This year both AMD and Nvidia will introduce new GPU architectures, that should be a giant leap forwards in terms of performance, partly because of the switch to a smaller production process. This means that 4K gaming, gaming at a resolution of 3840x2160, will be possible at higher frame rates meaning it is more interesting to play at this resolution. Asus already introduced a new monitor to be ready for this: the RoG Switft PG27AQ. An ultra hd monitor with an IPS-panel and support for G-sync. You can find our test results in this article.
For now, in order to game at 4K resolution with acceptable frame rates you need at least two of the fastest, most expensive, graphics cards available now; like the Nvidia GeForce GTX 980 Ti. Even then you will need to turn down the graphics settings in modern games in order to have a fluid experience. As there are not a lot of people that spend this much money on their graphics cards, it is safe to say that 4K gaming is more of a promise than a reality in this day and age.
Which is a shame, because games look a lot better at such a high resolution than for example full hd or even wqhd. The biggest challenge when reviewing a monitor is always that the difference in a certain technology, be it IPS (or VA) versus TN-panels, 144Hz versus 60Hz, or ultra hd versus full hd, is hard to explain in words. You have to experience it. In the case of a higher resolution there is an example that most people can experience themselves: take a look at your smartphone, most likely to have at least 1280x720 pixels, and think back to the time that this was 640x360 – maybe even less. You would not want to go back. The same is the case for high resolution monitors: when you are used to them, you never want to go back.
Because of the ultra hd-resolution games suddenly get a lot closer to the ideal of photo realism. Certainly modern games engines that can generate an abundance of detail thanks to the high resolution textures and modern api’s with tessellation, the increase in detail is enormous. It results in a more immersive experience. An added bonus is that the need for anti-aliasing diminishes; this lowers the load on the GPU and results in a sharper picture.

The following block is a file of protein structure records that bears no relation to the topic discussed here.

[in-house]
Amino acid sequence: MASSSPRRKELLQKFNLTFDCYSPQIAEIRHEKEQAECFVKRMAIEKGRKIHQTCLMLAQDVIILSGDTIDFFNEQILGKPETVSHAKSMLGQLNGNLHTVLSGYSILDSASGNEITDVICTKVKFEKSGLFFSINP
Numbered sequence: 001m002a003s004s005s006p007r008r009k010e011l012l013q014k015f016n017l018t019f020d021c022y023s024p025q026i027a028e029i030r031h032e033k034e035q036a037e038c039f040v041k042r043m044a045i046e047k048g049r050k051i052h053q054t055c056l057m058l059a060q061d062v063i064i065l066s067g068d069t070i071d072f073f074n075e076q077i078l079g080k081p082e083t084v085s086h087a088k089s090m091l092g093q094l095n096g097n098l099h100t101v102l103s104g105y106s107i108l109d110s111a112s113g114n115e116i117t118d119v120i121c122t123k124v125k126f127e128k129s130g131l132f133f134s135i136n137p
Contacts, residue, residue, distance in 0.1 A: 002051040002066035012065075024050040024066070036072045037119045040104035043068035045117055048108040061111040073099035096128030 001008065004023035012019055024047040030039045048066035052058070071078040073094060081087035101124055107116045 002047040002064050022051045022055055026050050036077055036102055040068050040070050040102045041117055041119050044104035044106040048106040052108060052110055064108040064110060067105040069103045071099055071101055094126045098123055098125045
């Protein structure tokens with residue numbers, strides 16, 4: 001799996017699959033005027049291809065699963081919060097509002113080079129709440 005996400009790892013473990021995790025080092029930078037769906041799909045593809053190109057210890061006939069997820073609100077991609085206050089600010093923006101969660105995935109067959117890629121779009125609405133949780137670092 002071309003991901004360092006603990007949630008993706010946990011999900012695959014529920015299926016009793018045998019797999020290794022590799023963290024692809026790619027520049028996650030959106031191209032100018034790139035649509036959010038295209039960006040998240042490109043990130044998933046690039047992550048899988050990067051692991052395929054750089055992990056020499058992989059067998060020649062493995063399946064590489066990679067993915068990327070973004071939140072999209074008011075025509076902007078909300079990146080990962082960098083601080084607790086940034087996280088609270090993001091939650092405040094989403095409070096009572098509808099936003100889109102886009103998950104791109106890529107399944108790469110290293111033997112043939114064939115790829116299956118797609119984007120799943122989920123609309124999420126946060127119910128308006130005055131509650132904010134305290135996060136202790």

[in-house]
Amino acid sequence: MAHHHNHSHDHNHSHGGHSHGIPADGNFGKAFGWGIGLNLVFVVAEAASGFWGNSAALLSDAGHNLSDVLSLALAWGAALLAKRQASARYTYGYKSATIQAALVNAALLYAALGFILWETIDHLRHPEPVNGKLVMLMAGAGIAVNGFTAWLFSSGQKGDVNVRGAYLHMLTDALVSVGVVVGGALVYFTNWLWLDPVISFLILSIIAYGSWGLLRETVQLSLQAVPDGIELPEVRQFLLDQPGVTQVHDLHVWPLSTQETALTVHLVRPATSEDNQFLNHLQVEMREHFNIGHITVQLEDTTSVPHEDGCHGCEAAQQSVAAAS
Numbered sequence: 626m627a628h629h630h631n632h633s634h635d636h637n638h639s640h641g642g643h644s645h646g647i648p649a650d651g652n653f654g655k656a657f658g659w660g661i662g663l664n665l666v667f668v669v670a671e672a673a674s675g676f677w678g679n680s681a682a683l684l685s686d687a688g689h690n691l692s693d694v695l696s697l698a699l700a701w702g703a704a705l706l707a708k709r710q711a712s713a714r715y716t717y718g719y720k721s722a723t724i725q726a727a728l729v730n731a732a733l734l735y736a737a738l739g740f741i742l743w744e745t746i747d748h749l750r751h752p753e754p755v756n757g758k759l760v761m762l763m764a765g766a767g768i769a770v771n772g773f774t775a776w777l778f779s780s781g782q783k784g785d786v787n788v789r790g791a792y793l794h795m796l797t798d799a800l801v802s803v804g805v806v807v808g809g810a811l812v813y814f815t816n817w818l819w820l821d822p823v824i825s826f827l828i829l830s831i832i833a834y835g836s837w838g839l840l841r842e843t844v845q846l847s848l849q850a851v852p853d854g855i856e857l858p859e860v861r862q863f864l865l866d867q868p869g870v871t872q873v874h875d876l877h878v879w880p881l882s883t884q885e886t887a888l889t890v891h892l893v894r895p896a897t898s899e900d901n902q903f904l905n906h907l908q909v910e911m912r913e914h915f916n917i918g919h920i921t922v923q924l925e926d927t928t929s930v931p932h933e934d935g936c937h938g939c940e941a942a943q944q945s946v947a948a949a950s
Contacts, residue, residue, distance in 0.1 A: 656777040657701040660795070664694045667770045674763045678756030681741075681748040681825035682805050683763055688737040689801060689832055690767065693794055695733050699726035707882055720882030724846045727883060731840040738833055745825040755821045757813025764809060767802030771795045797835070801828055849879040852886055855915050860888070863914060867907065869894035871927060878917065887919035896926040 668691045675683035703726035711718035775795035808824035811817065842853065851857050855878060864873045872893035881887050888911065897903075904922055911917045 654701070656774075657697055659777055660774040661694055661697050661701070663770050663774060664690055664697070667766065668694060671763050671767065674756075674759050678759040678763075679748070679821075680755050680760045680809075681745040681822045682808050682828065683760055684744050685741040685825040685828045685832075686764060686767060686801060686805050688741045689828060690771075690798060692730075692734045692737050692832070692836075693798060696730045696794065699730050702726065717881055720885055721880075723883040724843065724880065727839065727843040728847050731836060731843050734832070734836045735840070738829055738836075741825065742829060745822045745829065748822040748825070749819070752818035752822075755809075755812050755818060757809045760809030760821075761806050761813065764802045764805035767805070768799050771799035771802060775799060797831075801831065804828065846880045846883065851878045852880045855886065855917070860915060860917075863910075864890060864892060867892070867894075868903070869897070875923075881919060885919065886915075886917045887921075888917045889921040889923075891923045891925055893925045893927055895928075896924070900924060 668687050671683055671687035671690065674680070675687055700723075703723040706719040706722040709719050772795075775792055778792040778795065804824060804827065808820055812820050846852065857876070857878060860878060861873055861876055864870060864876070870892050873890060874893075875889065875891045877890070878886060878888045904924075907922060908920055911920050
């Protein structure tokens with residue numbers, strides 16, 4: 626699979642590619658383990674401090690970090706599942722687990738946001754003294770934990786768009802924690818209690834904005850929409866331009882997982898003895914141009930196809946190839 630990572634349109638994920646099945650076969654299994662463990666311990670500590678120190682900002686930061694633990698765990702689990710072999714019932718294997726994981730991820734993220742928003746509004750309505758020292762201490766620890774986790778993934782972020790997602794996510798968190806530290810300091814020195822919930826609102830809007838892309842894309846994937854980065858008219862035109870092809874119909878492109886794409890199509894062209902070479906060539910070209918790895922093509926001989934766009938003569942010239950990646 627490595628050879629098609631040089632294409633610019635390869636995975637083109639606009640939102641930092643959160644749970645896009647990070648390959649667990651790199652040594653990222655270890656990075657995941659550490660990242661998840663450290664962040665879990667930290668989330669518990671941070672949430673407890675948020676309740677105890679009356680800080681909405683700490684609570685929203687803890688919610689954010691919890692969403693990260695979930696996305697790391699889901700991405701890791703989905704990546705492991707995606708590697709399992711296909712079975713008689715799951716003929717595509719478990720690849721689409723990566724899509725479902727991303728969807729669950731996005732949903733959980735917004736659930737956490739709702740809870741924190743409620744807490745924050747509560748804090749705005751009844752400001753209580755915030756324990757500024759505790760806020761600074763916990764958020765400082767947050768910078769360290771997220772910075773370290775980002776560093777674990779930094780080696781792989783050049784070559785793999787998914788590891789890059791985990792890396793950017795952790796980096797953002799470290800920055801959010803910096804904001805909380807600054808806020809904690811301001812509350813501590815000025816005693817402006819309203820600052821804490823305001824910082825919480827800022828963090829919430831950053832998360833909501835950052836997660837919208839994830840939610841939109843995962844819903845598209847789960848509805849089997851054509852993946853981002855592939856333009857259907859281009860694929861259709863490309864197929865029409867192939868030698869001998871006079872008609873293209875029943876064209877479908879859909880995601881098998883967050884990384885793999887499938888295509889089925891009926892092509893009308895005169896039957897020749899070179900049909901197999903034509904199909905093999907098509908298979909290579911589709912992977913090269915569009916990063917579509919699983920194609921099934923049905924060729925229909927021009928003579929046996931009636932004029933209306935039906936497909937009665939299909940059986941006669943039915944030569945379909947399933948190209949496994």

If you do not own two high-end graphics cards, but want to be prepared for the future, you can always decide to game at a lower resolution on an ultra hd monitor. Because of the relatively small pixels the viewing of anything but 1-on 1 pixel scaling is not bothersome in our opinion. In 2D applications and with less demanding games you can use the native resolution- if the load becomes too much for your GPU to handle you can scale down to a lower resolution, for example 2560x1440.
The fact remains that a fluent experience in ultra hd for a single GPU is pretty difficult for now. Especially here a synchronisation technique, which automatically adjusts the refresh rate to the incoming video signal, is an advantage. As regular visitors know there are two main standards for this: Nvidia Gsync and AMD Freesync. The latter being used by a lot more monitor manufacturers, but the former being used by a lot more graphics cards that are actually used by the target audience. A difficult situation and especially annoying for gamers because G-sync makes a monitor a lot more expensive than Freesync.
The Asus Republic of Gamers Swift PG27AQ, the main subject of this review, is clearly more expensive because of this added feature. Looking at our Price Comparison we can find it for 671 pounds / 870 euros and see it averages well over 730 pounds / 950 euros. This is about 115 pounds / 150 euros to 155 pounds / 200 euros more than a comparable monitor, in terms of specifications, without G-sync. But, this monitor being the second ultra hd monitor with G-sync to arrive in our lab, we were very eager to find out how it would perform in practice.